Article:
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Adv Exp Med Biol. 2015;883:155-68. doi: 10.1007/978-3-319-23603-2_9.

Toward Network Biology in E. coli Cell.

Author information

1
Graduate School of Biological Sciences, Nara Institute of Science and Technology, 8916-5 Takayama, Ikoma, Naras, 630-0101, Japan. hmori@gtc.naist.jp.
2
Graduate School of Biological Sciences, Nara Institute of Science and Technology, 8916-5 Takayama, Ikoma, Naras, 630-0101, Japan. takeriki0502@gmail.com.
3
Graduate School of Biological Sciences, Nara Institute of Science and Technology, 8916-5 Takayama, Ikoma, Naras, 630-0101, Japan. y-otsuka@bs.naist.jp.
4
Graduate School of Biological Sciences, Nara Institute of Science and Technology, 8916-5 Takayama, Ikoma, Naras, 630-0101, Japan. sbowden@umn.edu.
5
Graduate School of Biological Sciences, Nara Institute of Science and Technology, 8916-5 Takayama, Ikoma, Naras, 630-0101, Japan. k.yokoyama@hamayaku.ac.jp.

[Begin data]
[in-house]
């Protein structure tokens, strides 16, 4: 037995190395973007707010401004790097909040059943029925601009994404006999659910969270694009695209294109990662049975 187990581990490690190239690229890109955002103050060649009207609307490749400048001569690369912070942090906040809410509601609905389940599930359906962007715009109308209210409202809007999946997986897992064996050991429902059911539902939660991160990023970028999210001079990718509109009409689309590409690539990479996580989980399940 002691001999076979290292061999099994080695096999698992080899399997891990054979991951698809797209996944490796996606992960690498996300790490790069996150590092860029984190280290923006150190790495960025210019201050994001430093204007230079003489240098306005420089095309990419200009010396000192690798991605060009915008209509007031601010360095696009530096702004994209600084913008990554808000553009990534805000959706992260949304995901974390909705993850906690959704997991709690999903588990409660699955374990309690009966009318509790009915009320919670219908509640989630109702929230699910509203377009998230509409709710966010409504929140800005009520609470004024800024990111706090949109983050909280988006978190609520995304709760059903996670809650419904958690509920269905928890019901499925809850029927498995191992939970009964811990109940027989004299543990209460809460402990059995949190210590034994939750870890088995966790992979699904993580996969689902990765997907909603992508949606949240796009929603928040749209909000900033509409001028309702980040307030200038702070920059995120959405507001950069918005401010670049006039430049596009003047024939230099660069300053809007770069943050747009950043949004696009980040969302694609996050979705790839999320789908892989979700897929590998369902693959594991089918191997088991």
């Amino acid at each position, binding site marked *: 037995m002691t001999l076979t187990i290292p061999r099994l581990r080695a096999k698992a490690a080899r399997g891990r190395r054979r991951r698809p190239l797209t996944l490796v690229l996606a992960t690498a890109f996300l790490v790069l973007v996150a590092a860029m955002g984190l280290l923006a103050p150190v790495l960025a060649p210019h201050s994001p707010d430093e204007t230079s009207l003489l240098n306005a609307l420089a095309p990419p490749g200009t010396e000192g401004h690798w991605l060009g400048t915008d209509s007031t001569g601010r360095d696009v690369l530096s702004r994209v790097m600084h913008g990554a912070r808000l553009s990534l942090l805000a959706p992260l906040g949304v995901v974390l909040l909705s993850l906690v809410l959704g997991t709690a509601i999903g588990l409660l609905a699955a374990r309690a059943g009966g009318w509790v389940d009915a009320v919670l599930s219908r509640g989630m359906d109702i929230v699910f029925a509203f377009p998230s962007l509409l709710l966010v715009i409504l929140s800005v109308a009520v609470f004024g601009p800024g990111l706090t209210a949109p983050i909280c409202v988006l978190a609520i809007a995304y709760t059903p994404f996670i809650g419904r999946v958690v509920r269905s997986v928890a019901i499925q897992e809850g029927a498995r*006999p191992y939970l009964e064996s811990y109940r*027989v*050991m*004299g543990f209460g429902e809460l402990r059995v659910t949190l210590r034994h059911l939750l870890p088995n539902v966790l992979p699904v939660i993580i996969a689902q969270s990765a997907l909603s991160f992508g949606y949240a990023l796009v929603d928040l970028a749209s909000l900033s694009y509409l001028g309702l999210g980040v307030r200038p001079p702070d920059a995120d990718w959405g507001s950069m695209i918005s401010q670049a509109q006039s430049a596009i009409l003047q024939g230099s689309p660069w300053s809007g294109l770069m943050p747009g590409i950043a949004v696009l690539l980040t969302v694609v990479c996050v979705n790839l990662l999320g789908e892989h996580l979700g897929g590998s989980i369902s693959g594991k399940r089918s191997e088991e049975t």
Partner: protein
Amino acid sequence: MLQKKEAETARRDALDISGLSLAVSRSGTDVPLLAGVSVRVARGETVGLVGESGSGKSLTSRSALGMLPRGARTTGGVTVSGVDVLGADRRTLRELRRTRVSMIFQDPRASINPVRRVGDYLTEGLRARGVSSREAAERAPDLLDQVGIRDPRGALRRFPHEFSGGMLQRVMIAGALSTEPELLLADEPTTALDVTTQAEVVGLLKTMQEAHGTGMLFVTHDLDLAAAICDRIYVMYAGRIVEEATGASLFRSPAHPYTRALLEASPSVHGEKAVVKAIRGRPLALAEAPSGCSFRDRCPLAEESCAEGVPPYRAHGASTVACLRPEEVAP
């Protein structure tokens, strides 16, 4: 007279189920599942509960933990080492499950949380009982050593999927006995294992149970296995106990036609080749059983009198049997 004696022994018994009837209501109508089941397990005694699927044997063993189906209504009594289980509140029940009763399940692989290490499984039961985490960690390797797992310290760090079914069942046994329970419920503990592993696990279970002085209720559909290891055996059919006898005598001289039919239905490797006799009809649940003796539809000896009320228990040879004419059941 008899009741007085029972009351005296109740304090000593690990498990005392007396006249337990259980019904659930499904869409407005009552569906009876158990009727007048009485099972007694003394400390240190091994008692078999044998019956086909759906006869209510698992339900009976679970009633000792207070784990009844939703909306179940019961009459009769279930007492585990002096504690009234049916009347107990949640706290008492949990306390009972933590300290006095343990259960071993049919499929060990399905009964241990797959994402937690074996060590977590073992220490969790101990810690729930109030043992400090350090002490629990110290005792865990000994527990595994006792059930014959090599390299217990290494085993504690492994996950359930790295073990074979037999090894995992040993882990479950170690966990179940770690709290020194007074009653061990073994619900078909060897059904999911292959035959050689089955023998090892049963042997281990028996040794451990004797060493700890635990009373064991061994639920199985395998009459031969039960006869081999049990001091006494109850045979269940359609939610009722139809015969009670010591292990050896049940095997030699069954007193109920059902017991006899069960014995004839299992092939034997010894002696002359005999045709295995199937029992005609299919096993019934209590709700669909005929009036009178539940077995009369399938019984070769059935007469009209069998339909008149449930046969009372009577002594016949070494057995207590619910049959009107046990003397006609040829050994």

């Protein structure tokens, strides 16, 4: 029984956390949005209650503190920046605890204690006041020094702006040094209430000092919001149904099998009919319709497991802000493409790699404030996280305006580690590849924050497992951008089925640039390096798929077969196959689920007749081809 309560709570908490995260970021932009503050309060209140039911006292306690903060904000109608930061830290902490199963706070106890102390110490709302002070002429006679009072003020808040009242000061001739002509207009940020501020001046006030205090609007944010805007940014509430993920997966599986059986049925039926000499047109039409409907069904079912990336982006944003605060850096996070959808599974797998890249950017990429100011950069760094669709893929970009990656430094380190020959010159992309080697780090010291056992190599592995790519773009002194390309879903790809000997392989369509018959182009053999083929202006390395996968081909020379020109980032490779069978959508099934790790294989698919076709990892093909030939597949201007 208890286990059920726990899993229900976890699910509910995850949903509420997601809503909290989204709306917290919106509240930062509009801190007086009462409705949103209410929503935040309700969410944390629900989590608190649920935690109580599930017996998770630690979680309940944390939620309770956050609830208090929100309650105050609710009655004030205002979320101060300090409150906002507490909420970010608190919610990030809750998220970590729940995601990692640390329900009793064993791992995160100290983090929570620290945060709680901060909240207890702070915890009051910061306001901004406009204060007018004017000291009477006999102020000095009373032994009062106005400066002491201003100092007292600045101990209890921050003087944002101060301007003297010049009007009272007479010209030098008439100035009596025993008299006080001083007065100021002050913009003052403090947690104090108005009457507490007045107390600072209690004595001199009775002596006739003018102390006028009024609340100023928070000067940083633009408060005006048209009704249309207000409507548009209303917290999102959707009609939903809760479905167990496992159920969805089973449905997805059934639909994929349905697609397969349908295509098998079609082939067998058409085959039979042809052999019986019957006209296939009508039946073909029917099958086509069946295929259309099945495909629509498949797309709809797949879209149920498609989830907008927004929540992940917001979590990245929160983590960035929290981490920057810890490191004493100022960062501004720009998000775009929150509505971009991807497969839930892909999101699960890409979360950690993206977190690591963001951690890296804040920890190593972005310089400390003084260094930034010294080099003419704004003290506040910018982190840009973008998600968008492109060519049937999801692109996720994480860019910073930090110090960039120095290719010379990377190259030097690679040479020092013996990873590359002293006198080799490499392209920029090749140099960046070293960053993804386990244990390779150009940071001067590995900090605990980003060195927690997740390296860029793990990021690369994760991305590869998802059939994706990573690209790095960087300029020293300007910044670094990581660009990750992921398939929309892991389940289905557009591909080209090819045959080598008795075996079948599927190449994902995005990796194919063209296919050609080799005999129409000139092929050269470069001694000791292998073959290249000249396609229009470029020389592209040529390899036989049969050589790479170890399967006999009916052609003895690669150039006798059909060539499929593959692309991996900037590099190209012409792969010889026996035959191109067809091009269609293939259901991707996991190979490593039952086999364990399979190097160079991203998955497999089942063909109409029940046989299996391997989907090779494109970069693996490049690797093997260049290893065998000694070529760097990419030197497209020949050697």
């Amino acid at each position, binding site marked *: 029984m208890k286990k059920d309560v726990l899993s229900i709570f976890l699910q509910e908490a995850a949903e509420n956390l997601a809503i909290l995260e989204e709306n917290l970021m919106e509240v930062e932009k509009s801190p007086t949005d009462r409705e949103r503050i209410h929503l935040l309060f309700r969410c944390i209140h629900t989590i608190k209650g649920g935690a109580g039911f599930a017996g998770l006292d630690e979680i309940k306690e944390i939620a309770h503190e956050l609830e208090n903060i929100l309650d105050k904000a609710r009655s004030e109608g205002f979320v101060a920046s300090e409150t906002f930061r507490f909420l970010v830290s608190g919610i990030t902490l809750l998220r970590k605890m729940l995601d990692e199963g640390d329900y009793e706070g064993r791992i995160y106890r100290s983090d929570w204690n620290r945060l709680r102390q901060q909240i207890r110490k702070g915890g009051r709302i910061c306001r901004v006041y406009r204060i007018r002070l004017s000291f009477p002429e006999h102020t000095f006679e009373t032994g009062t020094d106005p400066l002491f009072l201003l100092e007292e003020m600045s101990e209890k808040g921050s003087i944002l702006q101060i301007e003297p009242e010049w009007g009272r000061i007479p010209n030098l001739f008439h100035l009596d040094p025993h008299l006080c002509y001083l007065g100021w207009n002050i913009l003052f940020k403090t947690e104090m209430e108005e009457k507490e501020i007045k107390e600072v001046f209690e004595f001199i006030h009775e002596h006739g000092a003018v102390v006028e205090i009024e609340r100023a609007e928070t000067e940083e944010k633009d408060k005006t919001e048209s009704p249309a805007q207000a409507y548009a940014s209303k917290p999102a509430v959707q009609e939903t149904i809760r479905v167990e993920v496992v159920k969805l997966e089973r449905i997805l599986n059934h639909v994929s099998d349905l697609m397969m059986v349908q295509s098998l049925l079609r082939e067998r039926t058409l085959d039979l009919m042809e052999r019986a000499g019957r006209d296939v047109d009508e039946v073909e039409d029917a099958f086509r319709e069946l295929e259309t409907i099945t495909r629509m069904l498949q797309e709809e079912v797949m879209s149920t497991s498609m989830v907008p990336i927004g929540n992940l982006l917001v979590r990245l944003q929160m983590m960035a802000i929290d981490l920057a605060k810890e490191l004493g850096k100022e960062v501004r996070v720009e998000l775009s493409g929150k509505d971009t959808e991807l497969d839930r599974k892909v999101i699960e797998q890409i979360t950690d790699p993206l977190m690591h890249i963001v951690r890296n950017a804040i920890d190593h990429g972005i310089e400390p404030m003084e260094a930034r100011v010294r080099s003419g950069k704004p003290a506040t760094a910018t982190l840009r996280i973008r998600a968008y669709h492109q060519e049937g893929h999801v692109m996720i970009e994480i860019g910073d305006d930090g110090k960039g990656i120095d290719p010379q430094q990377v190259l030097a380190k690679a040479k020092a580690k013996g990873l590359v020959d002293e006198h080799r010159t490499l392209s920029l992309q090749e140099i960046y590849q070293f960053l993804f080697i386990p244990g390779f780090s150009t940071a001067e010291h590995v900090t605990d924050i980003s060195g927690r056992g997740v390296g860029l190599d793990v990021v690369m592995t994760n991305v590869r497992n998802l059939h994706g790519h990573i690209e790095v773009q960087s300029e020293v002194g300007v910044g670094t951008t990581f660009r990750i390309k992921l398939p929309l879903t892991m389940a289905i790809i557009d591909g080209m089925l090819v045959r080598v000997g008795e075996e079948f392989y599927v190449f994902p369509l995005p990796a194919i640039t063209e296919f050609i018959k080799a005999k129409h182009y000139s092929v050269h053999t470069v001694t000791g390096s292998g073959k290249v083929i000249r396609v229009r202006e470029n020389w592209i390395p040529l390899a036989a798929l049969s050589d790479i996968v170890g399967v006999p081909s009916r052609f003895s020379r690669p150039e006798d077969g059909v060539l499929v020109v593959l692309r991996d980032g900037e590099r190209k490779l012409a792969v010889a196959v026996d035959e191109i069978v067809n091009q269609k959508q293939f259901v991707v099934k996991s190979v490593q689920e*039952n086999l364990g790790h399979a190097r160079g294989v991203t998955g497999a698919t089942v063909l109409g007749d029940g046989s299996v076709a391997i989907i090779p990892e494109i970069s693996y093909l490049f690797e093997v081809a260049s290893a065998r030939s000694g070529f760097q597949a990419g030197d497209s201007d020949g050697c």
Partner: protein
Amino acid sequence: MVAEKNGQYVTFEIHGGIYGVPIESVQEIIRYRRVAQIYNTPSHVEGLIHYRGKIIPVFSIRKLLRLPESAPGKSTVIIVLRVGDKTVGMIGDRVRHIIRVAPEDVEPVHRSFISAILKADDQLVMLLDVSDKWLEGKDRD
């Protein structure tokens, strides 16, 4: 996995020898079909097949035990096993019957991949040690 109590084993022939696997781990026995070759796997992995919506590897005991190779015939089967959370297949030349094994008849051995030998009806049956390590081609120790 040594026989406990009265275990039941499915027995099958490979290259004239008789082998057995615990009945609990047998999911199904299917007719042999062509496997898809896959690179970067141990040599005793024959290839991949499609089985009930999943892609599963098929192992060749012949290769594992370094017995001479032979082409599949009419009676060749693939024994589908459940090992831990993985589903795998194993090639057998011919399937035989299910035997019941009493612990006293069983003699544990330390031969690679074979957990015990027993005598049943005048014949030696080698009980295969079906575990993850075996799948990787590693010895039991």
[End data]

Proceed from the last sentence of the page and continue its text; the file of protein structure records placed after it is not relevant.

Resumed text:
6
Graduate School of Biological Sciences, Nara Institute of Science and Technology, 8916-5 Takayama, Ikoma, Naras, 630-0101, Japan. muto@bs.naist.jp.
7
The Biotechnology Institute, University of Minnesota, 1479 Gortner Avenue, St. Paul, MN, 55108-6106, USA. libourel@umn.eud.
8
Department of Biological Sciences, Purdue University, West Lafayette, IN, 47907, USA. blwanner@genetics.med.harvard.edu.

Abstract

E. coli has been a critically important model research organism for more than 50 years, particularly in molecular biology. In 1997, the E. coli draft genome sequence was published. Post-genomic techniques and resources were then developed that allowed E. coli to become a model organism for systems biology. Progress made since publication of the E. coli genome sequence will be summarized.

KEYWORDS:

E. coli; Network biology; Plasmid clone libraries

PMID:
26621467
DOI:
10.1007/978-3-319-23603-2_9
[Indexed for MEDLINE]

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